Video 1 – An Intro to One-Page Reports

In this first video, we start out by talking about why you might consider creating a one-page report. We know, it’s yet another report. But we have found that the effort that goes into creating this accompanying one-pager really pays off!

We also show some examples of one-page reports from our own work. We hope these examples help ignite your imagination in how you can use one-page reports in your own work! We share more examples of one-page reports, as well as other resources, at

Your Turn

Have you used one-page reports in your own practice? What was the reaction from clients, stakeholders, or other readers?

Video 2 – Building the Foundation

It may be tempting to jump straight to visuals when starting your one-page report, but we suggest starting with a solid foundation. Defining the scope and intentions for your one-page report is important in enhancing its power to communicate data to your readers.

In this video, we will walk through the basic foundations of creating a one-page report. Starting with identifying your targeted audience, then moving on to writing a purpose statement, and prioritizing your one-page report information. We also share a great example from Cole Nussbaumer Knaflic’s book Storytelling with Data.

Your Turn

How have you tailored writing to a particular audience in the past?  Is identifying and tailoring content to a specific audience difficult for you?  (It can be for us!)

Video 3 – Visual Strategies

Now that you have a good grasp on the content and scope of your one-page report, let’s talk about visual strategies!

Our brains are really talented at detecting patterns and making sense of visual information before our brain has comprehended the meaning of the actual text.  Using these strategies intentionally can help you lead your reader to what you think is most important.

In this video, we talk about visual strategies including using grids, creating an intentional path, creating visual hierarchies, and paying attention to white space. All of these are important in creating a one-page report that will be effective in capturing the attention of your reader while allowing the busy reader to absorb the most pertinent information.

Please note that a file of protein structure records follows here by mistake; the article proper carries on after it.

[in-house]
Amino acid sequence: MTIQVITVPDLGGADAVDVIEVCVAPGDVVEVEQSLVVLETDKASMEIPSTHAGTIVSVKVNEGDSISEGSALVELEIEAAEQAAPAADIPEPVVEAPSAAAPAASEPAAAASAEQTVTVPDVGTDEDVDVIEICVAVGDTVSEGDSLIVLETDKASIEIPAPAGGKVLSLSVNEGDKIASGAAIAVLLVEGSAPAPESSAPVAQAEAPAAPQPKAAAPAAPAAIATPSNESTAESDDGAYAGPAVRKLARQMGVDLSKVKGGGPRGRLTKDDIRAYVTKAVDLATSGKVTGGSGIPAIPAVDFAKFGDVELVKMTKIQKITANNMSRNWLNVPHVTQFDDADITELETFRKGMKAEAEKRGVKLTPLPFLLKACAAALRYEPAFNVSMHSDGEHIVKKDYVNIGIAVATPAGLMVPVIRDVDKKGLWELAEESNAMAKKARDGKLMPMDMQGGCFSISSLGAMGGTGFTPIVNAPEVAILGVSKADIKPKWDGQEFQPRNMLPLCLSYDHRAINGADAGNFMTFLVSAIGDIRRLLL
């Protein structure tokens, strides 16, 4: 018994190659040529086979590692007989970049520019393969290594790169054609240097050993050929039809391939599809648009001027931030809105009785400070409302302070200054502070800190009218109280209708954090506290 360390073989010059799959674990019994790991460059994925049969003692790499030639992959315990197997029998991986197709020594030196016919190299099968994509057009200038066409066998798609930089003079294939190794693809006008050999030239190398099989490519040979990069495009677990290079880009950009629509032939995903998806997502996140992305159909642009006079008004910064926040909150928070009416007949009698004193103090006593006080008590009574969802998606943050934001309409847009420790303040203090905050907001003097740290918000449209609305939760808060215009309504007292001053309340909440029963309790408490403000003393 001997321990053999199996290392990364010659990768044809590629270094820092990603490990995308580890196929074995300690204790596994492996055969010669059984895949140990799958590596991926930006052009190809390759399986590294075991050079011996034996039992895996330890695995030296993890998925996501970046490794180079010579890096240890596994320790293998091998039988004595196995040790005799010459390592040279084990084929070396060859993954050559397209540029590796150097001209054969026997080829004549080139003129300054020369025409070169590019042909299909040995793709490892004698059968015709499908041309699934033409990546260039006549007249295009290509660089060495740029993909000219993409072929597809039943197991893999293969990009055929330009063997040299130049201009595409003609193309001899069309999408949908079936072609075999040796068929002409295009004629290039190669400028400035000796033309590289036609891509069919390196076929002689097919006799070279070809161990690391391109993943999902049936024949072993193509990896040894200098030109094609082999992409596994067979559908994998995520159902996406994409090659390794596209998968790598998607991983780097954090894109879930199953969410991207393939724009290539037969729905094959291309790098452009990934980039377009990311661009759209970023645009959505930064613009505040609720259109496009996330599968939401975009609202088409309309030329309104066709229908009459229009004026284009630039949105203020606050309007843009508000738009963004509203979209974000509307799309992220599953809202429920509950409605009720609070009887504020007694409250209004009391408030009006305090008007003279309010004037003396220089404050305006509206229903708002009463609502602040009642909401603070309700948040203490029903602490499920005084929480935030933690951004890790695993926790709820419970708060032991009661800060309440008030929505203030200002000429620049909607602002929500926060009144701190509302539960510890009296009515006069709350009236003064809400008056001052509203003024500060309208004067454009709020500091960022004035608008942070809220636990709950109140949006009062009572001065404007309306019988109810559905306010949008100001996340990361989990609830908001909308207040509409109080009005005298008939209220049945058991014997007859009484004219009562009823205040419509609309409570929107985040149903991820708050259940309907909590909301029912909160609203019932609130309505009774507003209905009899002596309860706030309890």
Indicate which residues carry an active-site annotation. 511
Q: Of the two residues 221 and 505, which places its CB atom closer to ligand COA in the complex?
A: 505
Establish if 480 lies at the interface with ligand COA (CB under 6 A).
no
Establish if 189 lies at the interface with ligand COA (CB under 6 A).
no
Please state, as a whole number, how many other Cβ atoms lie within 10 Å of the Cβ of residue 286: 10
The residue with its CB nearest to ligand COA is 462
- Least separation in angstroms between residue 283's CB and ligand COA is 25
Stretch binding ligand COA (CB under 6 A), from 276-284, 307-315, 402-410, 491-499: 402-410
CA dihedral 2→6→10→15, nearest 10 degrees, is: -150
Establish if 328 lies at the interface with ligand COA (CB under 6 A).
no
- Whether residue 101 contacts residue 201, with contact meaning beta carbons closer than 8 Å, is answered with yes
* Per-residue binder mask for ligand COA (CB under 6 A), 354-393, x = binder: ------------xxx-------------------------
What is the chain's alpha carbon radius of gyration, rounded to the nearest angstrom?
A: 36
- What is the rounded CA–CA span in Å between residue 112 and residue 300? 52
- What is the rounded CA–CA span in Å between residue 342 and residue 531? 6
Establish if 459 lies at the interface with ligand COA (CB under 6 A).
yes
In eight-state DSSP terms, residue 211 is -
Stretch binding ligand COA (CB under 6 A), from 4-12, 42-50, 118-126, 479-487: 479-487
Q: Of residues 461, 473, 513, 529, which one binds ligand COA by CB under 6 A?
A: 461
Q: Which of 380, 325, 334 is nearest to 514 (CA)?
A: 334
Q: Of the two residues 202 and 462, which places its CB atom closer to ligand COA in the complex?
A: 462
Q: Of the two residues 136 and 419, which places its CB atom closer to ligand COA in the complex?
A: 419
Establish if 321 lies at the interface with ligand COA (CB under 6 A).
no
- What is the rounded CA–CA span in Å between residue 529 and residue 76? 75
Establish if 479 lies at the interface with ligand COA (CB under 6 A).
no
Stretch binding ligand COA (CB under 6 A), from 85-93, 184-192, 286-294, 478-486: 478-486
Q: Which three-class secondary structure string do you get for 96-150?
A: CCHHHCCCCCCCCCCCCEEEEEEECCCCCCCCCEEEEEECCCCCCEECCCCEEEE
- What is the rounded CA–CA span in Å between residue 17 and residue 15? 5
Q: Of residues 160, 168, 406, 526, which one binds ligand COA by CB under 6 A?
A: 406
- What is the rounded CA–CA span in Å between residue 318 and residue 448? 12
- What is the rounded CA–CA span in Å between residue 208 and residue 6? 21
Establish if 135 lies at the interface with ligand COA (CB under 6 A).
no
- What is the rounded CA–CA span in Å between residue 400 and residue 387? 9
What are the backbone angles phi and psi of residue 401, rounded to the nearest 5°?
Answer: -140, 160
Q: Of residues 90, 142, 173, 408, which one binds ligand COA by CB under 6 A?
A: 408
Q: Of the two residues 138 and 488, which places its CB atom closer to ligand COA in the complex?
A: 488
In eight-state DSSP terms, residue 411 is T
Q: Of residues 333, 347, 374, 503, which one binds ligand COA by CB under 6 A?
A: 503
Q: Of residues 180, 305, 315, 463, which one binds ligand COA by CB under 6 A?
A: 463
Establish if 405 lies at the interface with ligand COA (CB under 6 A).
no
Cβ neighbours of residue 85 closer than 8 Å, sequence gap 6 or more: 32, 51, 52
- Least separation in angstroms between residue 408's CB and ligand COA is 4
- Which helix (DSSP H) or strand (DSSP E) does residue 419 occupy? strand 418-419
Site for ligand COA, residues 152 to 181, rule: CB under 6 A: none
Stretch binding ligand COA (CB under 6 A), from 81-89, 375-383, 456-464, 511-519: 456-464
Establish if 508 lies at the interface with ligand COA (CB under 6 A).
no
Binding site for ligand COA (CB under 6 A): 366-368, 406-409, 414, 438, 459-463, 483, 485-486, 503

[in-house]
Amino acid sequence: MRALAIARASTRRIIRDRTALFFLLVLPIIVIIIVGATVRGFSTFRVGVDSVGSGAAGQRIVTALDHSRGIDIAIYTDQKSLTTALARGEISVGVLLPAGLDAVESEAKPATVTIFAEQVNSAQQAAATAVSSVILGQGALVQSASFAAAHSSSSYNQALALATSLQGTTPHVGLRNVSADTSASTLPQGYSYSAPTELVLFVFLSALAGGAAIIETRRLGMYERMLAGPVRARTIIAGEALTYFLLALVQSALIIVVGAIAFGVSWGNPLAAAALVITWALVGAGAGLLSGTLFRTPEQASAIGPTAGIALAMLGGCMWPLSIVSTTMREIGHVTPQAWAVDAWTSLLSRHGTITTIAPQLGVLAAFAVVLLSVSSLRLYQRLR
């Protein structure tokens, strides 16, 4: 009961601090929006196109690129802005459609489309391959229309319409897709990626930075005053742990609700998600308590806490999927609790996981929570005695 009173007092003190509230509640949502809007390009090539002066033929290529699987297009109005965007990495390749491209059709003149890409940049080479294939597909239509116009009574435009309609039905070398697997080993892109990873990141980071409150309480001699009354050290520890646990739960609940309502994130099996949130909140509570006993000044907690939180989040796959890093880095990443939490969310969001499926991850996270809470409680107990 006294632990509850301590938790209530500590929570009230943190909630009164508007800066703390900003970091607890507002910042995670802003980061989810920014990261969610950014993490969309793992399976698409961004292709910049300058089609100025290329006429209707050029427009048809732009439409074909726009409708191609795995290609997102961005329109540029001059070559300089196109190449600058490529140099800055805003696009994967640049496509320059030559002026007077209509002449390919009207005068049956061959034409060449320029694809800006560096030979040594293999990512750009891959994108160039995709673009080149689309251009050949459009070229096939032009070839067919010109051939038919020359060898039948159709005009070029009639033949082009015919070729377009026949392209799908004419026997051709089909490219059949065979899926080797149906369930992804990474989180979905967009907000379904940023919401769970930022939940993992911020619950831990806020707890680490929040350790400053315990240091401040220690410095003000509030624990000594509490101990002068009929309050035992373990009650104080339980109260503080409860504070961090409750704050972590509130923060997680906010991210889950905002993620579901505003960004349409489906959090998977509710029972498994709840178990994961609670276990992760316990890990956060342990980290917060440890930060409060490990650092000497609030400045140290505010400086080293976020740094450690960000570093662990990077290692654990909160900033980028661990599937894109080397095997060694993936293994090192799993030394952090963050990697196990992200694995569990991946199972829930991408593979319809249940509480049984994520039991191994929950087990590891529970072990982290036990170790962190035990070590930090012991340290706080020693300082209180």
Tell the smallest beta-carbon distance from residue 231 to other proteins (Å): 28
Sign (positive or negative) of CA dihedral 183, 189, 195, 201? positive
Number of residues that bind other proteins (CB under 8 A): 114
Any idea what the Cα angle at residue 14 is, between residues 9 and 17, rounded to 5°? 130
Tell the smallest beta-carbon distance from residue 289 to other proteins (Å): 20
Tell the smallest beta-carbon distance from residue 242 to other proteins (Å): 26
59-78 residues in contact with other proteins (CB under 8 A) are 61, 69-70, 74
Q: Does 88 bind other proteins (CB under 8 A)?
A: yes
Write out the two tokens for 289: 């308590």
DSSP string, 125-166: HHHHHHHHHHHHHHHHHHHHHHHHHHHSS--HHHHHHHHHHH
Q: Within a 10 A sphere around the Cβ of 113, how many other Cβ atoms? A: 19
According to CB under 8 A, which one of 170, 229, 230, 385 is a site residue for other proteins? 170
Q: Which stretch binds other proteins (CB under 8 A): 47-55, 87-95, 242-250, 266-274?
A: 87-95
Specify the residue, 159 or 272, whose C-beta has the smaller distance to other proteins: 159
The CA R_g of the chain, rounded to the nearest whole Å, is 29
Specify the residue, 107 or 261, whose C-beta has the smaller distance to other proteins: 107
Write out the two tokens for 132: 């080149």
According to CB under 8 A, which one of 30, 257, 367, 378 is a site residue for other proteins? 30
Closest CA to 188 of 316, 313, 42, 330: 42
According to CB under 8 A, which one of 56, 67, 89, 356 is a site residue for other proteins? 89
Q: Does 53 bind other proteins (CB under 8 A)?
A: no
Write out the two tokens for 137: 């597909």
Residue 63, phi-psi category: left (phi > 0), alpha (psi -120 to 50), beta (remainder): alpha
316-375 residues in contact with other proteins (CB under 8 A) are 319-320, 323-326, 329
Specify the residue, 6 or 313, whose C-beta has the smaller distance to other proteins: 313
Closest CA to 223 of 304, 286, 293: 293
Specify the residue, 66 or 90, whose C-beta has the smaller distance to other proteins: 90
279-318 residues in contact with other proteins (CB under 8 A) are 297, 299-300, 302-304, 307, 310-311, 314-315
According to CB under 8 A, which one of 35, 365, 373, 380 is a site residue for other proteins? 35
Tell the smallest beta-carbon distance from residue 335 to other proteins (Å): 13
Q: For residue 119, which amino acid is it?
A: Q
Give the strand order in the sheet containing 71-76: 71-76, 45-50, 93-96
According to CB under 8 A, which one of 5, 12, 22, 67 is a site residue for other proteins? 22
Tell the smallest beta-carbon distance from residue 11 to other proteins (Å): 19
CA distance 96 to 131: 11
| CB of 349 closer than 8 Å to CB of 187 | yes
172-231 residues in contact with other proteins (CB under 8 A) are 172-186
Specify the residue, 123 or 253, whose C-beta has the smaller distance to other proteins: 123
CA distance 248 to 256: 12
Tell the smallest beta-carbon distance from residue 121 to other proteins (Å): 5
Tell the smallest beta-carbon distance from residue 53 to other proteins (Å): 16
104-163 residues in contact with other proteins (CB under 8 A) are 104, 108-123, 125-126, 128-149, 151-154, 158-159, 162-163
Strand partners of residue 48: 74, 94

Your Turn

Do you use these strategies in your work?  Have you seen examples of these strategies in use?

Video 4 – Final Touches

By this point, you have already gone through steps 1-8 of the 10 Step process. It’s easy to want to be done and skip the last two steps. We are also excited to share our final creations! But these last two steps are crucial and worth the effort.

Our final video, we talk about the final two steps for creating a one-page report: Get Feedback and Triple Check Consistency. Although hearing criticisms of your work may be difficult to hear sometimes, it will only make your one-page report better. To help put the constructive in front of the criticism, we suggest giving your reviewers some structure for their feedback. And finally, a triple, sometimes quadruple, check on final details of font, alignment, size, and colors can help polish off your one-pager.

Your Turn

Do you have a good strategy for doing final checks? Do you use any tools, resources, or checklist to help you through this process?

One-Page Report Experts

Emma Leeburg

Western Michigan University

Lyssa Wilson Becho

Western Michigan University

Nation Science Foundation Logo EvaluATE is supported by the National Science Foundation under grant number 2332143. Any opinions, findings, and conclusions or recommendations expressed on this site are those of the authors and do not necessarily reflect the views of the National Science Foundation.